William S. James

April 19, 1993

In his quiet way, Billy James left a real mark on Maryland. Long before he died Saturday at age 79, there was a William S. James Senate Office Building in Annapolis, and a William S. James Elementary School in his native Harford County. These are appropriate memorials, for the General Assembly and public education were two of Mr. James's great interests, but the legacy of this studious and far-sighted man to his state will outlast anything made of bricks and mortar.

He was a lawyer, a historian, a conservationist, and of course a politician. He served 41 years in public office without a break, from 1946, when he was elected to the House of Delegates from Harford County, until 1987, when he completed his third four-year term as State Treasurer. He spent five terms in the state Senate, the last three as its president.

As a legislator, his initiatives led to the creation of the Maryland Environmental Trust, the state community college system, the Maryland Historical Trust, and the imaginative and wildly successful Program Open Space, which used a small tax on real estate transfers to fund the acquisition of parkland throughout Maryland.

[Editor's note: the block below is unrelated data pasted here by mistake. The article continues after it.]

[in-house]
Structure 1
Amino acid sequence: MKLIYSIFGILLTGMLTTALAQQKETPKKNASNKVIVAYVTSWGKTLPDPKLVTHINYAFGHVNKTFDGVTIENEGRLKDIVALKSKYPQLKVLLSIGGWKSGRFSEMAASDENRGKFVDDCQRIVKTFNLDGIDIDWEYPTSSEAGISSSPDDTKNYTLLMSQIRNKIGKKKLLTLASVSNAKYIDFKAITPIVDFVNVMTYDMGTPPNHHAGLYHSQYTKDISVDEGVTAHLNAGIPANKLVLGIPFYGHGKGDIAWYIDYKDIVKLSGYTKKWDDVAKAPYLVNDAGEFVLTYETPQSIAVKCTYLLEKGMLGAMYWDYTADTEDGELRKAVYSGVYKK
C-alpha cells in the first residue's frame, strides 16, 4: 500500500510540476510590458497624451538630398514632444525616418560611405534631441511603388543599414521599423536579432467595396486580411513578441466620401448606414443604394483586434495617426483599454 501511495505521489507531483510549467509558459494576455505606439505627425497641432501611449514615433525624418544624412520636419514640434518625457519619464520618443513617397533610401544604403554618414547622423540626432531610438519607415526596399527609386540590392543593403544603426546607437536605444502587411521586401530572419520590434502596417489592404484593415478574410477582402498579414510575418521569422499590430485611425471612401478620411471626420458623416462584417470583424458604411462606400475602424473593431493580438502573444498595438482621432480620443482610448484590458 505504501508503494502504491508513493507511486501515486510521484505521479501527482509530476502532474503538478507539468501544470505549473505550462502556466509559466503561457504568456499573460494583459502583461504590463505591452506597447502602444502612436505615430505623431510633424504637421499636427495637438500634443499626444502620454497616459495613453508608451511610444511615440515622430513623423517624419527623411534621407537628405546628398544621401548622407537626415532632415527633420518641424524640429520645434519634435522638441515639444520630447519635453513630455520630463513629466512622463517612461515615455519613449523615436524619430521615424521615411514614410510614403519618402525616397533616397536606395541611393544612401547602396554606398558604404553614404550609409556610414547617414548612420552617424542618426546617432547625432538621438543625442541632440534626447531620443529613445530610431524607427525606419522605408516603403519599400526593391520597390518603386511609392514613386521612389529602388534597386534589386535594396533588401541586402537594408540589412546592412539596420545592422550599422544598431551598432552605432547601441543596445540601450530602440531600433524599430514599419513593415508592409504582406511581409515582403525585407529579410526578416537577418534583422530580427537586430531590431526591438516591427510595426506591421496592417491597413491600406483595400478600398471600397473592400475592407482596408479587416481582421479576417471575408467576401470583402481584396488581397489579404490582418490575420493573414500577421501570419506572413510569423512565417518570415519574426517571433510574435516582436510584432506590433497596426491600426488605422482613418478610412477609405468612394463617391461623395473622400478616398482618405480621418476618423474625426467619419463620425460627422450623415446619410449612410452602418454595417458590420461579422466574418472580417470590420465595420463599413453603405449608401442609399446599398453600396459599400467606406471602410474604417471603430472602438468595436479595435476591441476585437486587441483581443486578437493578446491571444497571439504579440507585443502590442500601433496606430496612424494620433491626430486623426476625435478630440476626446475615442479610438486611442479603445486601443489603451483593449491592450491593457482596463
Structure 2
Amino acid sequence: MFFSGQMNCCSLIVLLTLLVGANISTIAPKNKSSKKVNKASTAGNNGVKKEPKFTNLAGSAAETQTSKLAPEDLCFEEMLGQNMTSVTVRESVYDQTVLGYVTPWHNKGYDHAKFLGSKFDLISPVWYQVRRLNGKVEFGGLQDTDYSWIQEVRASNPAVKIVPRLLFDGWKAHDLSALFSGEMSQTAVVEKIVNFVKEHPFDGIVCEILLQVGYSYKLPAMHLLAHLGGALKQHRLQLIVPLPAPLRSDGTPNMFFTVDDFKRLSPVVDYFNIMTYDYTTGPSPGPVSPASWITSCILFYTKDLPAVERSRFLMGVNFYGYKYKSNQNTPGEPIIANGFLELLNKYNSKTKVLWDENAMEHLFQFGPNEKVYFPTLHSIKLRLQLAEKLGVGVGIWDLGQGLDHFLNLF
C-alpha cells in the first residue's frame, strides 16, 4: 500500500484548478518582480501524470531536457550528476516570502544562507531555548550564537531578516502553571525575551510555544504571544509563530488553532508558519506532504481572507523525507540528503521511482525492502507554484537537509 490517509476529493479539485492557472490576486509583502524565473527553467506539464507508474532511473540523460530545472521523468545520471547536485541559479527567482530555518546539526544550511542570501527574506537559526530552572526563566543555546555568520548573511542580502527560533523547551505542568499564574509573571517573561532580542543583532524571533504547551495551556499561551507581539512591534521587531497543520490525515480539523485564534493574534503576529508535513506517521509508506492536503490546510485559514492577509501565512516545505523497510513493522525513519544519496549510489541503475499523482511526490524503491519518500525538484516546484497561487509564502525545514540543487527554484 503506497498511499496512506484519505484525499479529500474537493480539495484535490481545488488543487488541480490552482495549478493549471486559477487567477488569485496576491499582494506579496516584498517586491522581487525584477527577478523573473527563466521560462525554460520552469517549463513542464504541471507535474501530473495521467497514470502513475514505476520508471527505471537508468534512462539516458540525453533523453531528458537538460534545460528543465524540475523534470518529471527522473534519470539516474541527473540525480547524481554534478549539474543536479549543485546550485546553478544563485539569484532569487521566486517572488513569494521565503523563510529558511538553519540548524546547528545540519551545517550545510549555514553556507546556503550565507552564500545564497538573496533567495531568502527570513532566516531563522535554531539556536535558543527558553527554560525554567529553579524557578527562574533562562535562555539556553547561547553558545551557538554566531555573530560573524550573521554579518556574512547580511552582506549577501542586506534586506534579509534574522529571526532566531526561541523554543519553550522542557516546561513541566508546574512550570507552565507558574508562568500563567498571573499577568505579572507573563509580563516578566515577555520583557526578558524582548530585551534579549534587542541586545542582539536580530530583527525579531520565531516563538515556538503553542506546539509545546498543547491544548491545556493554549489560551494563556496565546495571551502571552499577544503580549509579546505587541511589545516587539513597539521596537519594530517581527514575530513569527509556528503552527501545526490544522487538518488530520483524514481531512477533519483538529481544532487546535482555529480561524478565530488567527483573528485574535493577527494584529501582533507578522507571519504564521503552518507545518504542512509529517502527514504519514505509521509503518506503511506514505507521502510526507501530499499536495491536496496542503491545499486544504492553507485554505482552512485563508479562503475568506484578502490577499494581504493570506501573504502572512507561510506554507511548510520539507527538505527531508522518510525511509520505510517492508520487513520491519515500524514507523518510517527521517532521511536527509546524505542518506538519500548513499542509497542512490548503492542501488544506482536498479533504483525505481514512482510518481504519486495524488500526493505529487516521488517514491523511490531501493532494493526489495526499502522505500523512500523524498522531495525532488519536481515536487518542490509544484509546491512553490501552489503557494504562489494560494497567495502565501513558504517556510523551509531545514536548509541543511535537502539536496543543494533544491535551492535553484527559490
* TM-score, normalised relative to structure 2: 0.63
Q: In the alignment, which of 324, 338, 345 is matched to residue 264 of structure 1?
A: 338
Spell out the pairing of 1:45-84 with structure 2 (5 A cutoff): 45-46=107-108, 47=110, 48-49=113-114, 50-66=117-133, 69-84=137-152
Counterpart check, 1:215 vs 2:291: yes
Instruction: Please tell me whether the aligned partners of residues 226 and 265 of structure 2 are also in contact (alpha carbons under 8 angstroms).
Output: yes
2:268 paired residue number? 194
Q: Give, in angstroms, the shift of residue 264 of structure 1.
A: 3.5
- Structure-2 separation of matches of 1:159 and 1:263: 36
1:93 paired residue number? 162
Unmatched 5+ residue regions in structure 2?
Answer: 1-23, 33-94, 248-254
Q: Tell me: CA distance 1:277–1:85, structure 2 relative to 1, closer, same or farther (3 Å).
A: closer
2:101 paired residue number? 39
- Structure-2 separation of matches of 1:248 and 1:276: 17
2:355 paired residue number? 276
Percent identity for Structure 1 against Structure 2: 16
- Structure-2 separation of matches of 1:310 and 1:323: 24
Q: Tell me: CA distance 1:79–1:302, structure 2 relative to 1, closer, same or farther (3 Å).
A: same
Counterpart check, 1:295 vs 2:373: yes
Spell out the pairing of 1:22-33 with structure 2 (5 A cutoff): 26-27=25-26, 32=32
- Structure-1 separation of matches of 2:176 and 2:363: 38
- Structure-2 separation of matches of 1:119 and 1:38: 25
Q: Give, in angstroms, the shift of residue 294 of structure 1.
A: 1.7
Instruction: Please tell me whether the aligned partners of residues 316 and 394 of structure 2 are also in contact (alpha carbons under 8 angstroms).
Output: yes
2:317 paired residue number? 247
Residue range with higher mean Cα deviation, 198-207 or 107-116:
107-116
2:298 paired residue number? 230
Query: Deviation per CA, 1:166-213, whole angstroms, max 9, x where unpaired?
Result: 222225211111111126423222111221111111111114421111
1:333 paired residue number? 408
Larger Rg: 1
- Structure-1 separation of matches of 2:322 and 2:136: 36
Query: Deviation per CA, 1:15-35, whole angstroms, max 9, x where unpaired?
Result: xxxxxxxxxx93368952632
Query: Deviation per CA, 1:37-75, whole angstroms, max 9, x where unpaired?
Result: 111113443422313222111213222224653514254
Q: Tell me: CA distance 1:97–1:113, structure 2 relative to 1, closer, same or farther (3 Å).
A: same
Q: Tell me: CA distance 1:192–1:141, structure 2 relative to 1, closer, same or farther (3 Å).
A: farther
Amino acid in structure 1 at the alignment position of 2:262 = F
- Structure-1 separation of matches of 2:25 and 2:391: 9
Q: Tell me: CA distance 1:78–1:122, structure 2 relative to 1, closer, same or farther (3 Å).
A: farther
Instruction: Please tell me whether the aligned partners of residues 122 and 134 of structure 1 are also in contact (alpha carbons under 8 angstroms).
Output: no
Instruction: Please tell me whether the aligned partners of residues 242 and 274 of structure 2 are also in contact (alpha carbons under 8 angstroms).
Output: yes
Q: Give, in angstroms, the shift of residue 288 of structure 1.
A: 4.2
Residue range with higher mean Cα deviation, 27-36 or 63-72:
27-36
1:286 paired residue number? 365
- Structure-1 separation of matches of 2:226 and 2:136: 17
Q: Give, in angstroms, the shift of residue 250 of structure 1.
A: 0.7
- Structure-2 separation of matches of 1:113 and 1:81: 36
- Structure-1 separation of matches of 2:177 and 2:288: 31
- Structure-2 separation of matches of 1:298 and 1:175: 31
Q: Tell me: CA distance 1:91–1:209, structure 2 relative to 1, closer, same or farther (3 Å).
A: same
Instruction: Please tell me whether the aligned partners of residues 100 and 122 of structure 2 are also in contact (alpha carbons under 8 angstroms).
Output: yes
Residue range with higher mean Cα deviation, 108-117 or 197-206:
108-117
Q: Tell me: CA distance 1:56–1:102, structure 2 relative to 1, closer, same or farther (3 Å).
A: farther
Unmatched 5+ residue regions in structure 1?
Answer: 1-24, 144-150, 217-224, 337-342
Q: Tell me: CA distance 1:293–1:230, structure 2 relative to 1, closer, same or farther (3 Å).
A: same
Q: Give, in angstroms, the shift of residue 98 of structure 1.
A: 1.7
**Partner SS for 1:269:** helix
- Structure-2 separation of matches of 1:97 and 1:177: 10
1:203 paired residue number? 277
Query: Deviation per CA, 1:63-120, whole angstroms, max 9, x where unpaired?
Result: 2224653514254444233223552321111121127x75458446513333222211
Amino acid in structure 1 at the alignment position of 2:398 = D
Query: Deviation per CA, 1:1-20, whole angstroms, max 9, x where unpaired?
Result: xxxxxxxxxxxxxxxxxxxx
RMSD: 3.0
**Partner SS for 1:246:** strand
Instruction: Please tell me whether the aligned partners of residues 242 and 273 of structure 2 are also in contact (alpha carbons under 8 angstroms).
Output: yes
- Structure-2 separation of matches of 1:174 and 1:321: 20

Over the years, in the General Assembly and as treasurer on the Board of Public Works, Mr. James often found himself colliding with governors, including William Donald Schaefer. He generally kept his good humor throughout these encounters, even when Mr. Schaefer refused to back him for a fourth term as treasurer.

What made Mr. James such an unusual public official, especially for Maryland, was as much what he didn't do as what he did. He never used his office to enrich himself. He was a lawyer, but he turned away any client who might have represented a conflict of interest, and as he was so involved in so many issues this virtually guaranteed that his practice would remain very small.

Neither did he speculate in real estate. He lived on the farm overlooking the Susquehanna Flats he had inherited from his father, a farmer and horse trader, and often said wryly that keeping it up was quite a burden. But he gave an easement on the place, preventing its future development, to the Maryland Environmental Trust -- and to make sure there was no question about his motives, he took no tax deduction for the gift.

In his modest and understated way, Billy James set an example for public service that won't be soon matched. He showed that it's still possible to have a long and constructive career in politics without being dishonest, dishonorable, or even disliked. That was his great achievement, beyond the programs and buildings that bear his name.

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